1987: Weren't perms awesome? 
I finished up with Language and Thought: how babies learn to understand, form and communicate with the world with language.  Want to see a fascinating TED talk about babies learning to speak? Go here and watch "Birth of a Word" by Deb Roy.  I showed it to my students and along with the other materials we had learned, had a great discussion about the formation of language.  When we discussed Thought, subjects included Heuristics (problem solving) and various decision making models.

My last day was bittersweet. I choked up at the end of both 1st and 2nd periods but then kept it together for the rest of the day. It was a crazy day - I was teaching, coordinating students who needed to makeup various exams and grading.  It wasn't until I got home that day when I pulled out everything that I had received that day from students, that I realized how much of an impact I had on them.  High school students gave me gifts, cards and letters!  

The cards and letters will be cherished forever. 

Those 201 students will be forever my first class.  I loved being their teacher.

Next blog post I'll show you what I've been up to since my assignment ended.  I've been sewing!
Enjoy your Wednesday,

Sunday, December 14, 2014

Front Yard Landscaping + Giveaway Day Winner

Happy Sunday everyone! We are enjoying a gorgeous weekend while awaiting another rainstorm here in Southern California tomorrow, and as this blogpost has a landscaping theme, here is a video of my new rainchain in action last week.  I absolutely love the twinkling sound it makes when water is flowing down through the cups.  If you want one yourself, go check out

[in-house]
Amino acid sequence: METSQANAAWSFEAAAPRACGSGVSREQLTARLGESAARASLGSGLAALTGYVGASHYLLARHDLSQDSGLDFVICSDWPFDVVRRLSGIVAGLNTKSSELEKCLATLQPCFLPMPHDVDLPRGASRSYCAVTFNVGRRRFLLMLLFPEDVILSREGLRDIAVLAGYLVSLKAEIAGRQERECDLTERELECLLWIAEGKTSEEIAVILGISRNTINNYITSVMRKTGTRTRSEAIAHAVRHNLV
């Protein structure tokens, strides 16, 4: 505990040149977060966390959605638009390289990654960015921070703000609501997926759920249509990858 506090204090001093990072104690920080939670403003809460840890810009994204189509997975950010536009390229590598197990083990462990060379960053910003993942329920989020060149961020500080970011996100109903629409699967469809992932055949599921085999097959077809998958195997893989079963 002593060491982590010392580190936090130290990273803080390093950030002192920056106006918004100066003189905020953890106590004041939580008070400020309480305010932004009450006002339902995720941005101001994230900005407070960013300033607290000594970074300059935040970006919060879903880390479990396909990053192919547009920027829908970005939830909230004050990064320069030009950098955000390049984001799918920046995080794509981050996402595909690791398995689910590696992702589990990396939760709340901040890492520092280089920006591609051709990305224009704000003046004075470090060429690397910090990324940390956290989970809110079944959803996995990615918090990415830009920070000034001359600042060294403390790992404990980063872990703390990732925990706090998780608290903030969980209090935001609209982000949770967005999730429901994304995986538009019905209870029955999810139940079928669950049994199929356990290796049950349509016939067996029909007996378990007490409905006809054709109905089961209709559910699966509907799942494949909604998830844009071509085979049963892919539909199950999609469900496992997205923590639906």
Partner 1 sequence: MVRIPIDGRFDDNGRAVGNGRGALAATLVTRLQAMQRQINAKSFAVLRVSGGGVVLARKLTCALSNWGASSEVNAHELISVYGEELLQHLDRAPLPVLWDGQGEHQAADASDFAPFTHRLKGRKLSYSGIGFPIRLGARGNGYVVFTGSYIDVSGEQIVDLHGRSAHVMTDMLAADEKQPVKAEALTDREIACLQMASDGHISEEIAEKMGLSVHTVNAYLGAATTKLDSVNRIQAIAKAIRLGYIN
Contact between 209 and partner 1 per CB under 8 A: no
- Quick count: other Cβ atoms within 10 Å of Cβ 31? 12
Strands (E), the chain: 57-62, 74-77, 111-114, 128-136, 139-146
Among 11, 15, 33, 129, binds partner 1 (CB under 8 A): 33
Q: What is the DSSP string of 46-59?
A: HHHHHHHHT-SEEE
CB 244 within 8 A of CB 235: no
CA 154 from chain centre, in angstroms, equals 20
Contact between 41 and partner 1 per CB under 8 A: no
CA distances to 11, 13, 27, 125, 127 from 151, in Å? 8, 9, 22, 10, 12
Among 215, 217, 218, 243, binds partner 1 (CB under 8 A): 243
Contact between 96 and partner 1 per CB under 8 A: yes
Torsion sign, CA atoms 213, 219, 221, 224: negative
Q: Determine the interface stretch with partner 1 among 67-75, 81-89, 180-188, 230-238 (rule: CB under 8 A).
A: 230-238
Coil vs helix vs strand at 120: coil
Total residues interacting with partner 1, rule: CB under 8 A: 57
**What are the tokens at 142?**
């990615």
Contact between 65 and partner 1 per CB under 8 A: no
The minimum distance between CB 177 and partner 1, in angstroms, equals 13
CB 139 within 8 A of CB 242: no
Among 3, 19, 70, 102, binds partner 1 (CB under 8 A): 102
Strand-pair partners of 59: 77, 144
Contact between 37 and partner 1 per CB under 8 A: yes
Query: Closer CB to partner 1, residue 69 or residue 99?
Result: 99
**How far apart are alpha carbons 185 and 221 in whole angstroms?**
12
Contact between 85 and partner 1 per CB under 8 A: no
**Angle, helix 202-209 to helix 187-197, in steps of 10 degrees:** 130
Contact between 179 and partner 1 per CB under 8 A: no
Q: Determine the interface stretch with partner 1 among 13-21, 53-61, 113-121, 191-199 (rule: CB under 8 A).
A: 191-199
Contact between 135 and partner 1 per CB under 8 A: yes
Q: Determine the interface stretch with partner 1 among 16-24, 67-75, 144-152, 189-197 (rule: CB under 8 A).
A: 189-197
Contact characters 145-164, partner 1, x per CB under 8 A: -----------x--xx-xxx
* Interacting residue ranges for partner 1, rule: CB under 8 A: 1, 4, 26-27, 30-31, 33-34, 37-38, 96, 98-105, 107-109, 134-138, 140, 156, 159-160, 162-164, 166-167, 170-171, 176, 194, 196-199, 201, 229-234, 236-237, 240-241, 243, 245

I've been extremely busy on the weekends lately with landscaping in my front yard.  As I am participating in the City of Long Beach Lawn to Garden Program, I have a deadline of January 8th, 2015 to finish the entire process of ripping out my existing lawn to planting a new drought tolerant/California native garden. (They give you twelve weeks to get it all done.) Yesterday the planting stage began, which was very exciting.  

November 12, 2014, Veteran's Day. Front yard is a blank canvas. Entire front yard grass, including the parkway had been ripped out and about four inches of soil removed.  
Can you see the rain chain just left of the porch? 
November 29, 2014. Rock has been delivered and work has begun on the dry riverbed that will start at my north side gate and meander toward an Olive tree that will be centered in front section of my yard. 

After laying down landscaping fabric, different sized rocks are being added to the dry riverbed. This is a work in progress as the goal is to make it look natural, not perfect. Various plants will go in along the edges of the dry riverbed.  

Between the garage and the porch is a dead area - with little sunlight the only thing this area grows is moss,etc., as all three roof lines bring water into this area when it rains.  It's an ugly spot now but will be  will be camouflaged once plants are added just in front of it.